The second act. The mushy middle. The saggy center. The part of a story everyone hates. OK, I know how this ends in broad strokes, which characters I want around for future stories, who might die. (Hint: No Weasley twins will be around at the end, and the Doctor will be a woman.) But how to get there.
My writers group met this past weekend for the first time in months. I mentioned that JT would learn to be a pilot only to learn what John Glenn, Jim Lovell, and every shuttle pilot since 1981 already knew: Reentry problems are not going to go away. This led to a lot of reentry jokes and “That’s what she said” comments. Mind you I am the only guy in the group.
But I also am starting to bring all my meddling kids back together after the events of Second Wave (available on pre-order until its debut Wednesday!) Davra’s predicament brings her into contact with both Yuwono and Lucius Kray. JT and Duffy are training with real Navy and Marines along with friendly Gelt to retake Amargosa. And one character who was presumed dead at the end of Second Wave is going to reappear, thanks to JT’s underdeveloped piloting skills.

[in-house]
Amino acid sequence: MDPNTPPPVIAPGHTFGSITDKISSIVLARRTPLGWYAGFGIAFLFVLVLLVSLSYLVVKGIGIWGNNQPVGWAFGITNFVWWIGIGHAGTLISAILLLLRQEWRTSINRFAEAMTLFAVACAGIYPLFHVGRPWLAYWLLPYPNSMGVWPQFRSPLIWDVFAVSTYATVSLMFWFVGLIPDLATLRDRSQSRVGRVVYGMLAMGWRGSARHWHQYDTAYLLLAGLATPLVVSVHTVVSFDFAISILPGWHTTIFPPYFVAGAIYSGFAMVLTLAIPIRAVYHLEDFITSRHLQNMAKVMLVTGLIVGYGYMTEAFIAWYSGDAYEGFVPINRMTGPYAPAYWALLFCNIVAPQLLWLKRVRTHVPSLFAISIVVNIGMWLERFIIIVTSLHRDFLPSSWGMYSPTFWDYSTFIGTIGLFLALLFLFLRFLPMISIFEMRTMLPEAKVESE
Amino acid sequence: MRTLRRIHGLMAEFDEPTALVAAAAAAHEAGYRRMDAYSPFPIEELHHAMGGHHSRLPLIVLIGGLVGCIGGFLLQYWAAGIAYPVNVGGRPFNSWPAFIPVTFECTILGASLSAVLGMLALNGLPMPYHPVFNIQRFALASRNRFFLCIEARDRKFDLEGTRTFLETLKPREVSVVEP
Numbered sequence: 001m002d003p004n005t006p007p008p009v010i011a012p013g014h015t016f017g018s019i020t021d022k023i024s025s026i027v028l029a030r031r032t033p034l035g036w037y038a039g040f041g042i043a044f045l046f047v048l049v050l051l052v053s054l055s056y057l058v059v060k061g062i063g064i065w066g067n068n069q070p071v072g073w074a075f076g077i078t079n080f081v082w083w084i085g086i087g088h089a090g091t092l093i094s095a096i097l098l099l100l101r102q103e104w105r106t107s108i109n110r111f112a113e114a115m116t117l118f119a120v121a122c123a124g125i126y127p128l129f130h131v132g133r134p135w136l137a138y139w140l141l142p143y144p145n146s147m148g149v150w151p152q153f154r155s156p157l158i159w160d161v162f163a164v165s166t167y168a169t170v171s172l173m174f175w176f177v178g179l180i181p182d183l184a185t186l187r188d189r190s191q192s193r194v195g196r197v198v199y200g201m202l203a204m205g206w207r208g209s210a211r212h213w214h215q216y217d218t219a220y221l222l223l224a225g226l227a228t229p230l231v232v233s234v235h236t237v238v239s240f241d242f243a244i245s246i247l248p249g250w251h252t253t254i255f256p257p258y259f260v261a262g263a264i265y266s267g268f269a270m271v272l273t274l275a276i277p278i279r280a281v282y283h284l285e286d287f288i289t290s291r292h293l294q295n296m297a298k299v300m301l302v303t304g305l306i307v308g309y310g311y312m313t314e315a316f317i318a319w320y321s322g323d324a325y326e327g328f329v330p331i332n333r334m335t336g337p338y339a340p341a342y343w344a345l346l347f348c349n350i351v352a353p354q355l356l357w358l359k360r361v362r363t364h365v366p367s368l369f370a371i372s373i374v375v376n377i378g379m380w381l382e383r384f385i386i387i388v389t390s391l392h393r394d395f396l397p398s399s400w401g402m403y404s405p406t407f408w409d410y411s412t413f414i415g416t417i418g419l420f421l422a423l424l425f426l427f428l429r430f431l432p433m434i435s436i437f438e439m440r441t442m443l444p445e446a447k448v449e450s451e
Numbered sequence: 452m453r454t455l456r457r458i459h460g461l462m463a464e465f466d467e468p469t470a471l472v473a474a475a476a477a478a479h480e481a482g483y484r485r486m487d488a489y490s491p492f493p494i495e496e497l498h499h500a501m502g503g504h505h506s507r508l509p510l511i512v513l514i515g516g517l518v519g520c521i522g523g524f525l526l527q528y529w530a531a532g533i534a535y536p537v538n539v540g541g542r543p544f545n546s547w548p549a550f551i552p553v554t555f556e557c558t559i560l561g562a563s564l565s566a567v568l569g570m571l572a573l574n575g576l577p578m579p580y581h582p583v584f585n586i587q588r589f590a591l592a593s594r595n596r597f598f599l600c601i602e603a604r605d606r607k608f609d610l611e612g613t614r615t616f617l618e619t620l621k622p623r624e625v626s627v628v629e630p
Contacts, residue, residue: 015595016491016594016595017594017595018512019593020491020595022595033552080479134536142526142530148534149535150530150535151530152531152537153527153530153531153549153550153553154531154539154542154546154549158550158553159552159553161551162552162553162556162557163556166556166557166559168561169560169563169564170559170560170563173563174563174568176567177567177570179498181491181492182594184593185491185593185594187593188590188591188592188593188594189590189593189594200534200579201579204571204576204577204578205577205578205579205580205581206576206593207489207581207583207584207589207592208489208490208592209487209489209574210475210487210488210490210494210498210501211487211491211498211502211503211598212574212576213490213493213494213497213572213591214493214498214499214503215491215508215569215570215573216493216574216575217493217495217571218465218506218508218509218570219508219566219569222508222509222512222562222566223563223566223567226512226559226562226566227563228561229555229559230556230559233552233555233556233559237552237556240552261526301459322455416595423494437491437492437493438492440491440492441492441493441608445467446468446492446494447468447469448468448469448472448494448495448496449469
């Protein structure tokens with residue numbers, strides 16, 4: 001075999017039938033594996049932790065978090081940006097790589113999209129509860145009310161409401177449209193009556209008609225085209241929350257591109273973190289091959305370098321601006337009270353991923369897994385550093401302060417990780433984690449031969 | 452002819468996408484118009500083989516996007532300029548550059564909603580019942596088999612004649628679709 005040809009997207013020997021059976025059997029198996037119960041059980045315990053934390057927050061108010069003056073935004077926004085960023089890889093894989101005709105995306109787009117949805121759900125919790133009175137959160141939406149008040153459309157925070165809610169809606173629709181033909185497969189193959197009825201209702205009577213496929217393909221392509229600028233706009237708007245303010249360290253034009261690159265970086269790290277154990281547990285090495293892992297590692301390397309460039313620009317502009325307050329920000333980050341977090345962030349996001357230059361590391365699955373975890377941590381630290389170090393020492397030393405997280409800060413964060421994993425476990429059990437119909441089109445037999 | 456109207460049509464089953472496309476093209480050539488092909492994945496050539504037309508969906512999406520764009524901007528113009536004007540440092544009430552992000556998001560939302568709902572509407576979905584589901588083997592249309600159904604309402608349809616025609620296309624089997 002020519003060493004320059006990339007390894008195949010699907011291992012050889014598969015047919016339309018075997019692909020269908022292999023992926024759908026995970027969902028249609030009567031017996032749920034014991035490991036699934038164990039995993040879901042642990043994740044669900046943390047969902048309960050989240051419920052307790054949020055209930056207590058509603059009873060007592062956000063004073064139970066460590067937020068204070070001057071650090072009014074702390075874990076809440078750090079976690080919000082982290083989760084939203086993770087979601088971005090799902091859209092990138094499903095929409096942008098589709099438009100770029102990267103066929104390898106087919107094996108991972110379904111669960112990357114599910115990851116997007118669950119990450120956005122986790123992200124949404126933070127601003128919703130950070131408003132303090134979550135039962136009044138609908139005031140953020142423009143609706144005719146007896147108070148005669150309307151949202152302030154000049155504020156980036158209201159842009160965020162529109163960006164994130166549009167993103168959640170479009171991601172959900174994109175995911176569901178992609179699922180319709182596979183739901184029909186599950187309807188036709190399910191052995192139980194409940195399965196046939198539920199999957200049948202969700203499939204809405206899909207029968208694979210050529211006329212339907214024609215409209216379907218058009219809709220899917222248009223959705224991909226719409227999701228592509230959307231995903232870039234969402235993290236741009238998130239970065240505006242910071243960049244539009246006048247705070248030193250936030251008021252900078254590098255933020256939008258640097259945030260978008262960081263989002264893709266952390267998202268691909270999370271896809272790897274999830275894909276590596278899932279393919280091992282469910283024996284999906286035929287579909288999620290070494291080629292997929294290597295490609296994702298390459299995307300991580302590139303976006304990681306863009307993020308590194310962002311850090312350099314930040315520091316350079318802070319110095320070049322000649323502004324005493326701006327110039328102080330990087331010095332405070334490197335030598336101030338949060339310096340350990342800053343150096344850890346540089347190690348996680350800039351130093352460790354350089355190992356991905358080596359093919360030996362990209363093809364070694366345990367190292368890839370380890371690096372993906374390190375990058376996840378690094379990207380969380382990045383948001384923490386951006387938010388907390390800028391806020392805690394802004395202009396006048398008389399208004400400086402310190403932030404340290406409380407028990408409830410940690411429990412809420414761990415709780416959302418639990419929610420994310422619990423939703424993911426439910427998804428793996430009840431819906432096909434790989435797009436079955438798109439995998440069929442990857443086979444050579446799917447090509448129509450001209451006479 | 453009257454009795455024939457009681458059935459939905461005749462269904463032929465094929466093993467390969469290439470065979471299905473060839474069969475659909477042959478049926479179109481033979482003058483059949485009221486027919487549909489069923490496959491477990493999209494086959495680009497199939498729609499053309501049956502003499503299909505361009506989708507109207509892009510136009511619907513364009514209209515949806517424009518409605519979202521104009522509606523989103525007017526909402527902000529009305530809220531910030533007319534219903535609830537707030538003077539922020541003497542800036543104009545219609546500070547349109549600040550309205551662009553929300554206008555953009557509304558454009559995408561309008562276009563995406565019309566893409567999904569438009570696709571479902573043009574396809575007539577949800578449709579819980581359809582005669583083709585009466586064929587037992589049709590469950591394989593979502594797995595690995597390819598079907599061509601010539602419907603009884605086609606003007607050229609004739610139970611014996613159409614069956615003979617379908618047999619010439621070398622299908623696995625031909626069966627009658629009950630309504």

Scripting this has forced me to see where I’m at. The one-minute per page rule (which doesn’t really hold up, but there you go) now has me at 69 pages. (Huh huh. Huh huh huh huh huh.) My goal is to wrap this up by page 230. It’s kept more action in the story and revealed, and shown where infodumps will be inevitable. These will require Pope in the pool scenes. What are those?
It’s where you take a talky scene where info is dumped, and make it interesting to read or see. So-called by Save the Cat author Blake Snyder because his main example of this technique was a scene from a movie that literally had the Pope in a swimming pool while his uncomfortable Cardinals delivered him an infodump. I paid tribute to Snyder in The Marilynists by having a character named Pope in a pool deliver an infodump.
But I’m letting my characters, including my antagonists, get a little cocky and have everything go their way. Then I get to do what every author loves to do:
Completely wreck their lives.